Jeremy Corbyn believes that Esther McVey’s appointment as Work and Pensions Secretary is “a cause for alarm” for disabled people and others, his spokesman has revealed.
The Labour leader’s criticism of the minister came amid a Conservative backlash at online abuse directed at McVey, as well as fresh criticism of Shadow Chancellor John McDonnell’s claim that she was a ‘stain on humanity’.
Supporters of the newly-installed Cabinet minister suggested some of the attacks stemmed also from McDonnell’s decision in 2014 to quote an activist who called for her to be “lynched”.
Corbyn condemned all personal abuse, his spokesman said, but felt that his fellow Labour MP had made justified criticism of McVey’s record on welfare cuts.
“Jeremy is also highly critical of her record. Her appointment is a cause for alarm and will be for disabled people in particular, but people across the country [too].
“Esther McVey is extremely unpopular because of her record in the last government as the DWP minister and the treatment of disabled people by that government.
“So it’s not encouraging at all. It’s alarming that she has now taken on this role with all the baggage that goes with that.”
Asked if Corbyn agreed with the Shadow Chancellor that McVey was “a stain on humanity”, the spokesman replied: “He has a very strong view that her record was disastrous and very damaging for disabled people.”
McVey was subjected to heavy online abuse following her appointment, with one Twitter user saying it amounted to a ‘death sentence’ for thousands of disabled claimants, adding “we’ll do whatever it takes to put her out of her misery”.
Another critic, upset at her tenure when she was a DWP minister under David Cameron,called her “evil personified”.
Others were less personal, but pointed instead to her handling of the introduction of the new Personal Independence Payments (PIP) system, claims of ‘bogus’ claimants of Disability Living Allowance and cuts to Remploy factories that hired disabled people.
But colleagues of McVey felt the personal attacks were beyond the pale. One told the Telegraph: “This kind of personal abuse is not just tolerated by Jeremy Corbyn it is actively encouraged by him.
“He promoted to shadow Chancellor the man who said of Esther they should ‘lynch the bitch’.”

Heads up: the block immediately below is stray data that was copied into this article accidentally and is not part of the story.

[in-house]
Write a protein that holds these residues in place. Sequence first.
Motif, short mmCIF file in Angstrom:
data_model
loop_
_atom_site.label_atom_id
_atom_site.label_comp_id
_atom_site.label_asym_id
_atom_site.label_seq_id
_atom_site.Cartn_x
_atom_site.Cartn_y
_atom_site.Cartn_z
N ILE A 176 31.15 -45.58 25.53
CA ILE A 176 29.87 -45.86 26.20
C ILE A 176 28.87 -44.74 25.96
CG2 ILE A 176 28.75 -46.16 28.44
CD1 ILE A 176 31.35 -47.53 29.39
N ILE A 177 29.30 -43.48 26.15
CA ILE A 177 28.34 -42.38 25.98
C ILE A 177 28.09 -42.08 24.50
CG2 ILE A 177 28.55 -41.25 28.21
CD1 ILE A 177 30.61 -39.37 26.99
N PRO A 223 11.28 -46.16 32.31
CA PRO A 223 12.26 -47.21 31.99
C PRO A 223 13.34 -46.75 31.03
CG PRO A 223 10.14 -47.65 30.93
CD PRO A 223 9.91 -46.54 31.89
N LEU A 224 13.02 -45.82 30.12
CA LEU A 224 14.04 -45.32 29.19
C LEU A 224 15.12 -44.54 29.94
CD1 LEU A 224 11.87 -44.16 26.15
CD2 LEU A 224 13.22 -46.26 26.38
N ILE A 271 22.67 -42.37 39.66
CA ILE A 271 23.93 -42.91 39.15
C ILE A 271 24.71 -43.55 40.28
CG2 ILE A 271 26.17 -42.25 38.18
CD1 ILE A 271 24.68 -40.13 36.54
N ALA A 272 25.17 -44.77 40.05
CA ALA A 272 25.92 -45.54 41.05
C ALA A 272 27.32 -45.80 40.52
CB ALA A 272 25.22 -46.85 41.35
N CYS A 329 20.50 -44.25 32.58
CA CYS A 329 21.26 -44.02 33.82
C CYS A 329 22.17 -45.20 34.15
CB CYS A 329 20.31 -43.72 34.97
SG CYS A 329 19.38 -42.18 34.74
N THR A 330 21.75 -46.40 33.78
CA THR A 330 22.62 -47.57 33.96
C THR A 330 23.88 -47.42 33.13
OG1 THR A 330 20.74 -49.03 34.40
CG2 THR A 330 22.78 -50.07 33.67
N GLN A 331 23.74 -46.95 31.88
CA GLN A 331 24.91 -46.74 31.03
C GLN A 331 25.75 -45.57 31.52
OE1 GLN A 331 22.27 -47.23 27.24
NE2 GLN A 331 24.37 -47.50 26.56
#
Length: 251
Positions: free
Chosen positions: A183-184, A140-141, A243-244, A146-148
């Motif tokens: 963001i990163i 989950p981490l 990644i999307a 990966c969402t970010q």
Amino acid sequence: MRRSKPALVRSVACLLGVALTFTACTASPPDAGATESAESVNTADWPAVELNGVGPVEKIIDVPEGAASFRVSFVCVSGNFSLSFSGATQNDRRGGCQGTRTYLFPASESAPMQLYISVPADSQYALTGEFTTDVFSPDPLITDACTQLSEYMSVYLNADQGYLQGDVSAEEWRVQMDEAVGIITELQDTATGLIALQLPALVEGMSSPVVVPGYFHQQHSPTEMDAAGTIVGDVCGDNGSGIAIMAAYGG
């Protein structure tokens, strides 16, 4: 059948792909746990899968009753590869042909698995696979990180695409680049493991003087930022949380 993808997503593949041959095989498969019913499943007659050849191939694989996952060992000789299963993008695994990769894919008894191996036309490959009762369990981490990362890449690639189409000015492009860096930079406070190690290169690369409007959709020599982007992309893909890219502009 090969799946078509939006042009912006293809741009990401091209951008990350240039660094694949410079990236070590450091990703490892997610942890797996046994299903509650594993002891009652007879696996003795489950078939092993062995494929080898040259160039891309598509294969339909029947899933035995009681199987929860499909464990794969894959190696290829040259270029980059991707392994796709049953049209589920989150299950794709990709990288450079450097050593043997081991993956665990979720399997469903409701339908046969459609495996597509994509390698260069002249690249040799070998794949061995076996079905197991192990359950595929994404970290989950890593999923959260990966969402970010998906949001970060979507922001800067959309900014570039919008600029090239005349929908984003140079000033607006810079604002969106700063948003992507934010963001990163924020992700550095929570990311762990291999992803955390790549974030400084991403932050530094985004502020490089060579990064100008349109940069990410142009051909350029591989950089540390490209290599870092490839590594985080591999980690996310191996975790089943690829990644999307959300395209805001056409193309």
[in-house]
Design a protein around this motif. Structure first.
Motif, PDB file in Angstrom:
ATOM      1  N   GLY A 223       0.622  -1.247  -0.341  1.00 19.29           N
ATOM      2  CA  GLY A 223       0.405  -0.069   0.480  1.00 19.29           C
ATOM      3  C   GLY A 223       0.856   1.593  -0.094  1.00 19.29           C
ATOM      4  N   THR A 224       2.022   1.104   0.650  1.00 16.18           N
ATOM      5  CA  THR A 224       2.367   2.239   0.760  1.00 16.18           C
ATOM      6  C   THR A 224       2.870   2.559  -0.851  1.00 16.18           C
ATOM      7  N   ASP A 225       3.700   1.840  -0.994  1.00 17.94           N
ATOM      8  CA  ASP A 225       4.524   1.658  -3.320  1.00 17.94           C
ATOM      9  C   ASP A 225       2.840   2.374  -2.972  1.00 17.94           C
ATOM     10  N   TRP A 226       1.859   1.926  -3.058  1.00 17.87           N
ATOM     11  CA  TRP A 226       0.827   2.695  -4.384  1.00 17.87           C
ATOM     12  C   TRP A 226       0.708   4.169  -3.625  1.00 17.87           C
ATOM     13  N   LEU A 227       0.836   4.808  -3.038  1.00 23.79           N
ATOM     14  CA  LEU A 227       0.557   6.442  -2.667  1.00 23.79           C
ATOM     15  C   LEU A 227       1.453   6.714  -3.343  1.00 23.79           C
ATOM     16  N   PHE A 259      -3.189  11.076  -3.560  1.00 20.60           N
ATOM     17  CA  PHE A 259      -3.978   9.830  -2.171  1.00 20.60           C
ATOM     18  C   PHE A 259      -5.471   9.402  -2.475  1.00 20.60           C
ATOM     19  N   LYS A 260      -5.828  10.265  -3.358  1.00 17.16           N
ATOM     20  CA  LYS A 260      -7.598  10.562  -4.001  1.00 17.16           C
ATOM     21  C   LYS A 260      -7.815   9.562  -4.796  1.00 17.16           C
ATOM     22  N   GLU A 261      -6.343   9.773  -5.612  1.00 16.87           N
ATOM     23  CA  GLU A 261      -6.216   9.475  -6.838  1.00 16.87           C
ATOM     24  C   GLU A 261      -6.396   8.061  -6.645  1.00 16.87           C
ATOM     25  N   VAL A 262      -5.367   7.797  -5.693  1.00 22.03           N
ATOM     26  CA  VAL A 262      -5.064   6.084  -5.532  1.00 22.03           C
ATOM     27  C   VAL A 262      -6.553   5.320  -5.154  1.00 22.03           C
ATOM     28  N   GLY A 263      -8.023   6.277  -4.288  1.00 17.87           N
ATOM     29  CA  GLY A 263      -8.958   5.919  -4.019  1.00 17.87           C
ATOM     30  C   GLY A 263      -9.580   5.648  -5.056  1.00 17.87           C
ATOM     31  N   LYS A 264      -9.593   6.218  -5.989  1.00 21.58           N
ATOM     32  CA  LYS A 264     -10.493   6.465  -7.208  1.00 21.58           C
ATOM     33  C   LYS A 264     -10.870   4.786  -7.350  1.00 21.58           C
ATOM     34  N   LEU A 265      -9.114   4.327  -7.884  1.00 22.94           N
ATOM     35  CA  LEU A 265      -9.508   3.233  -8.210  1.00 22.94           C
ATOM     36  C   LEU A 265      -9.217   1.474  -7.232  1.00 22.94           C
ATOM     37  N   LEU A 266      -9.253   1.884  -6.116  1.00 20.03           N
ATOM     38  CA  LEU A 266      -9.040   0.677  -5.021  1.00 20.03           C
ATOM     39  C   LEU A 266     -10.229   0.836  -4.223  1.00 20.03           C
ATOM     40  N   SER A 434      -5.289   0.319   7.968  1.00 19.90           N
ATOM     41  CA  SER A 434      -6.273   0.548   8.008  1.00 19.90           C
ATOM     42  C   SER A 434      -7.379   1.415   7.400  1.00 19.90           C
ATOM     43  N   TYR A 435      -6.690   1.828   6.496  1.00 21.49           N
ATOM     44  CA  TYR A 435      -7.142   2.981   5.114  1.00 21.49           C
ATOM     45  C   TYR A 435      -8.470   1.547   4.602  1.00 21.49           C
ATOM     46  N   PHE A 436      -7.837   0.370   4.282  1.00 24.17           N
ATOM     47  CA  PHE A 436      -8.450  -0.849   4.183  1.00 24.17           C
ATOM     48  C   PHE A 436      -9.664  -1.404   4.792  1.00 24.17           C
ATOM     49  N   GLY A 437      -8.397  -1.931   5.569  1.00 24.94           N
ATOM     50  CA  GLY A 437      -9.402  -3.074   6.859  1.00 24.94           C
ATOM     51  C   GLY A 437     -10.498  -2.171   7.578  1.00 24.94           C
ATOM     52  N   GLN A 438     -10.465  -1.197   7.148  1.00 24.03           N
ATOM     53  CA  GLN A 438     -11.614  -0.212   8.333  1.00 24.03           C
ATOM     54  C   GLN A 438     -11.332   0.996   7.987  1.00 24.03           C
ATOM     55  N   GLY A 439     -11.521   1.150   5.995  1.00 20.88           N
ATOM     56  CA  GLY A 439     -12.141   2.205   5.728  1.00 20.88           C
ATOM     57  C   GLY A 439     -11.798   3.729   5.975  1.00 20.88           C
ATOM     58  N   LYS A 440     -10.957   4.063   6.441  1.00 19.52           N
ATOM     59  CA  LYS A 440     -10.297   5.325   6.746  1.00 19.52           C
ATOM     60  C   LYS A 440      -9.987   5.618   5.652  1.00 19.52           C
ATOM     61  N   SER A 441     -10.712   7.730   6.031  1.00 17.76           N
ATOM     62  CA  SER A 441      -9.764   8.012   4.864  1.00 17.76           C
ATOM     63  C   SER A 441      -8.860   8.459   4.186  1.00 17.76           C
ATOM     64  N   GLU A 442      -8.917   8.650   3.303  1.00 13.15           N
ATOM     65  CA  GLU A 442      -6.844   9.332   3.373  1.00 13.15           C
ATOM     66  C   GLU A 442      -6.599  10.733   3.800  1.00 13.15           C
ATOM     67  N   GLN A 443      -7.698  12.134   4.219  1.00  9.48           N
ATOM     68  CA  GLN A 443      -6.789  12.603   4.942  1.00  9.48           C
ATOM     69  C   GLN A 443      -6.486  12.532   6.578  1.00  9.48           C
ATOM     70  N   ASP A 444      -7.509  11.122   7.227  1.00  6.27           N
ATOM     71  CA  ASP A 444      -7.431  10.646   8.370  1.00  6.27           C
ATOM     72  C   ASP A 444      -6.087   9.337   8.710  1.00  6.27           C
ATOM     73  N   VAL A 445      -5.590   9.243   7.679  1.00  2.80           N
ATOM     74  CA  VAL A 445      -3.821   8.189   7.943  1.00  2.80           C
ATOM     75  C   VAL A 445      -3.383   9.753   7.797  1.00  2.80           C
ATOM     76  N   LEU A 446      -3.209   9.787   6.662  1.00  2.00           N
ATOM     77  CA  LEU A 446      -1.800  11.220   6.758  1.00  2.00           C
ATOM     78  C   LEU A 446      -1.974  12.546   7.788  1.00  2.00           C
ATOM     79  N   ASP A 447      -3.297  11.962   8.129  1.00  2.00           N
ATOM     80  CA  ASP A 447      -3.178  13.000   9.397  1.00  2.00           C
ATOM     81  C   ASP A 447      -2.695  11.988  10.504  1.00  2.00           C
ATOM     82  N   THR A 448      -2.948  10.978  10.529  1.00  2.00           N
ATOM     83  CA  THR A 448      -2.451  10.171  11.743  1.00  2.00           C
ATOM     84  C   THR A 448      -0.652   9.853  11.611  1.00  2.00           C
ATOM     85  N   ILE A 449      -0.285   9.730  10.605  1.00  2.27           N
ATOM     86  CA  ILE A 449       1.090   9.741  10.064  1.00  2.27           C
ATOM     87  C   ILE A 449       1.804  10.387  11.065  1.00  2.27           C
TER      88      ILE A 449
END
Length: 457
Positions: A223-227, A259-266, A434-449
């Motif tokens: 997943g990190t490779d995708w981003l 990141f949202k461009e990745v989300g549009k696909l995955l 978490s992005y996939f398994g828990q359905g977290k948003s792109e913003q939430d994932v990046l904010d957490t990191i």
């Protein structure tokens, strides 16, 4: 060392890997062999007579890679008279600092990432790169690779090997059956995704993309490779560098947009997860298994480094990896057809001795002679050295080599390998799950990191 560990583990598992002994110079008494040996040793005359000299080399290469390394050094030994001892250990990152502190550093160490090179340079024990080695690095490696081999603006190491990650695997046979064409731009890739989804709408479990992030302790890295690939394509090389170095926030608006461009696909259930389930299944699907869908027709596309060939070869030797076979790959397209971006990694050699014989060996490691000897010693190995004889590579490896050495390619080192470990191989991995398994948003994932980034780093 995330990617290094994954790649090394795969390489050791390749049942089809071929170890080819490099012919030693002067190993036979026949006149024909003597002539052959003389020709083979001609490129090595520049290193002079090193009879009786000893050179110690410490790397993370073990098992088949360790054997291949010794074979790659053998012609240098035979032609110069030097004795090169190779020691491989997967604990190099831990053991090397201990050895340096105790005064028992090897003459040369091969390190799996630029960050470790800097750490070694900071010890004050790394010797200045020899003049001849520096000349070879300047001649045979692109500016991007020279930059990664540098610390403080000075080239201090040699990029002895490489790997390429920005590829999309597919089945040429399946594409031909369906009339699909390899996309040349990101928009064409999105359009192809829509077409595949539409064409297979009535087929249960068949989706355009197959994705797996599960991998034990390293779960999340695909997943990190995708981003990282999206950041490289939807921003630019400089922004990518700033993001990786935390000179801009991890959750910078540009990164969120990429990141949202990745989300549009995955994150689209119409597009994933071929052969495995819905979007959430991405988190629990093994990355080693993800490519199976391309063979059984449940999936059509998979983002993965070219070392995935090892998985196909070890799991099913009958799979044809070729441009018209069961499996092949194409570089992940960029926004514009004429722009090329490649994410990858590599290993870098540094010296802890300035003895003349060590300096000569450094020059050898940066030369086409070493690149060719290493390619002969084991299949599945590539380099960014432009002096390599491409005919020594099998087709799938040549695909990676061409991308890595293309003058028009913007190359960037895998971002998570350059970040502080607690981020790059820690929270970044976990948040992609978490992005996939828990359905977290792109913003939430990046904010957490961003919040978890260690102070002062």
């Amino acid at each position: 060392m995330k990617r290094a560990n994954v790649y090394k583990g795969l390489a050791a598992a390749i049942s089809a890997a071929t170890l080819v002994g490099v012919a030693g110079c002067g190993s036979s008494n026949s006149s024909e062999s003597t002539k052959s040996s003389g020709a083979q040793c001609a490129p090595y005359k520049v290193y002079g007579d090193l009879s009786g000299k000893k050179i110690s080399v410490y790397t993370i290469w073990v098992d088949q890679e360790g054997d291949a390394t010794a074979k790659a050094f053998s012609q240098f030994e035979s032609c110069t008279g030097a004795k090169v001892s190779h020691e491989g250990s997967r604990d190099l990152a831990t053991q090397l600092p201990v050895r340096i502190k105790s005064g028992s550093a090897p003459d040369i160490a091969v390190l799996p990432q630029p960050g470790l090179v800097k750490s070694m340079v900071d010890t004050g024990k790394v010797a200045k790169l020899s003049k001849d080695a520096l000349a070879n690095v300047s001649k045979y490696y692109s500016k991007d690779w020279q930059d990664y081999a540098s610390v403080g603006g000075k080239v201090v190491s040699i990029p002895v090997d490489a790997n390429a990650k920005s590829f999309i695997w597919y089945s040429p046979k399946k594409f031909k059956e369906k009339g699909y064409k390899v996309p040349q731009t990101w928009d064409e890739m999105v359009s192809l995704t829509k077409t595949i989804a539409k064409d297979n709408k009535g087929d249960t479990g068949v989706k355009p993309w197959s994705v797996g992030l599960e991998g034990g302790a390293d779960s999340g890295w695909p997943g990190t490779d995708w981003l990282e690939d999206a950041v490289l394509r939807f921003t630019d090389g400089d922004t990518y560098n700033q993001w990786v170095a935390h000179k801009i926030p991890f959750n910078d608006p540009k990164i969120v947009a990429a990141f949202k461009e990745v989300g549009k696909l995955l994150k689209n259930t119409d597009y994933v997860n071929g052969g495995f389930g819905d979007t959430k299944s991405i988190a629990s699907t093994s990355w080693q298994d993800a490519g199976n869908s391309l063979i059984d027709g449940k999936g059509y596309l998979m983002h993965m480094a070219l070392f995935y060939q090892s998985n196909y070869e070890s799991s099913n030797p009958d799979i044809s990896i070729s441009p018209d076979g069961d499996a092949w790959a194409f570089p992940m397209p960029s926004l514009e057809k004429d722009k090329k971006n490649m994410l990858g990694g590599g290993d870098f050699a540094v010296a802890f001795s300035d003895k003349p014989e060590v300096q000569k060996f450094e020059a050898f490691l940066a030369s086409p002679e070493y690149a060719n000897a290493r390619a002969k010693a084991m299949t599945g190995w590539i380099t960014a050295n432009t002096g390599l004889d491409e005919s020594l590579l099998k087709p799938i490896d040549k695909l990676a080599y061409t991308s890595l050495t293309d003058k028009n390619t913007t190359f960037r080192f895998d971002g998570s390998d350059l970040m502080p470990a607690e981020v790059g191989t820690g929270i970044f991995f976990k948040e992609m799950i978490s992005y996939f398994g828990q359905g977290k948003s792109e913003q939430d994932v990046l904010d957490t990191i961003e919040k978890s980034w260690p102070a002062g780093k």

The spokesman for the Labour leader said: “Jeremy has made clear time and again that he’s opposed to all forms on online harassment or abuse.
“If there are such cases they should not take place and should be condemned.”
When asked about his remarks on ITV’s Peston on Sunday show in 2016, McDonnell refused to apologise and said “sometimes you just have to express honest anger”.
McVey, who was on the same show, said it was part of a pattern of behaviour by McDonnell.
“This is a man who talks about the struggle through threats, intimidation and bullying and he doesn’t just talk about it – he whips up that culture,” she said.
Labour MP Yvette Cooper said that his refusal to withdraw the comments was “wrong”. “It’s really not ok”, she said.
Fellow backbencher Jess Phillips added at the time: “I think it’s utterly despicable. I cannot imagine why he refuses to apologise.”
Corbyn’s spokesman, when asked on Wednesday if he felt McDonnell should apologise, replied: “John McDonnell didn’t say that she should be lynched.
“It was a comment made at a meeting in 2014, he was reporting what was said at another meeting by a constituent.. He was not saying anything of the kind himself.
“Calling for the lynching of somebody is obviously abusive. He was reporting at the time what was being said in her own constituency.
“He’s made clear that he had said nothing of the kind, he was not calling for any lynching. He is obviously very critical of Esther McVey because of her record. That’s very different thing from calling for anyone to be lynched.”
Shadow Foreign Secretary Emily Thornberry repeatedly refused to condemn McDonnell directly when asked about his ‘stain on humanity’ remarks on Wednesday.
She would not be drawn on whether she believed he should apologise as she said it was “a matter for John” but added she “wouldn’t speak in those terms”.
Asked by Emma Barnett on BBC Radio 5Live if she believed McDonnell should apologise, she replied: “I think that those who remember what it was that she said around the time that she was cutting benefits to disabled people will be horrified to hear that she is now the Secretary of State for Work and Pensions.”
When it was pointed out that McVey had received online death threats, she said: “Well, that is wrong but what she needs to do is she needs to ensure that she educates herself properly about what the effects of cuts to benefits have on real people on a day to day basis.”